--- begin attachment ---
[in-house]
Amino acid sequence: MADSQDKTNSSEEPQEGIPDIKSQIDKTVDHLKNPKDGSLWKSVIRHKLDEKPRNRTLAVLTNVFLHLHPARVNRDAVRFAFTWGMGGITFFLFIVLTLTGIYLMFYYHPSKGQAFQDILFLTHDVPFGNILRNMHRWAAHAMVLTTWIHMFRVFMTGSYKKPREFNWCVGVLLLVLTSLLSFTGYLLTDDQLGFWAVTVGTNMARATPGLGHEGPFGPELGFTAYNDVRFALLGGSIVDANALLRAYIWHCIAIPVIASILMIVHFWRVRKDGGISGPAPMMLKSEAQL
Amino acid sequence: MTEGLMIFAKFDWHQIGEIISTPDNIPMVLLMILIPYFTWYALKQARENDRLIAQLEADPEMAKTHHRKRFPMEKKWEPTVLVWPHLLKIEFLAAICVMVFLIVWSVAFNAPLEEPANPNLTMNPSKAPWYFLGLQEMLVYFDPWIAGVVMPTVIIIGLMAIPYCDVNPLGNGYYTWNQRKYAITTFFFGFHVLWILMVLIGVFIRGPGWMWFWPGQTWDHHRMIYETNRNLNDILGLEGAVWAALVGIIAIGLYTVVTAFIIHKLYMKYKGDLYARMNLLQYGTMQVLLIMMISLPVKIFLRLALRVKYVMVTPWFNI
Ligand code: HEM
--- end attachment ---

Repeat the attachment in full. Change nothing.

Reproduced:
[in-house]
Amino acid sequence: MADSQDKTNSSEEPQEGIPDIKSQIDKTVDHLKNPKDGSLWKSVIRHKLDEKPRNRTLAVLTNVFLHLHPARVNRDAVRFAFTWGMGGITFFLFIVLTLTGIYLMFYYHPSKGQAFQDILFLTHDVPFGNILRNMHRWAAHAMVLTTWIHMFRVFMTGSYKKPREFNWCVGVLLLVLTSLLSFTGYLLTDDQLGFWAVTVGTNMARATPGLGHEGPFGPELGFTAYNDVRFALLGGSIVDANALLRAYIWHCIAIPVIASILMIVHFWRVRKDGGISGPAPMMLKSEAQL
Amino acid sequence: MTEGLMIFAKFDWHQIGEIISTPDNIPMVLLMILIPYFTWYALKQARENDRLIAQLEADPEMAKTHHRKRFPMEKKWEPTVLVWPHLLKIEFLAAICVMVFLIVWSVAFNAPLEEPANPNLTMNPSKAPWYFLGLQEMLVYFDPWIAGVVMPTVIIIGLMAIPYCDVNPLGNGYYTWNQRKYAITTFFFGFHVLWILMVLIGVFIRGPGWMWFWPGQTWDHHRMIYETNRNLNDILGLEGAVWAALVGIIAIGLYTVVTAFIIHKLYMKYKGDLYARMNLLQYGTMQVLLIMMISLPVKIFLRLALRVKYVMVTPWFNI
Ligand code: HEM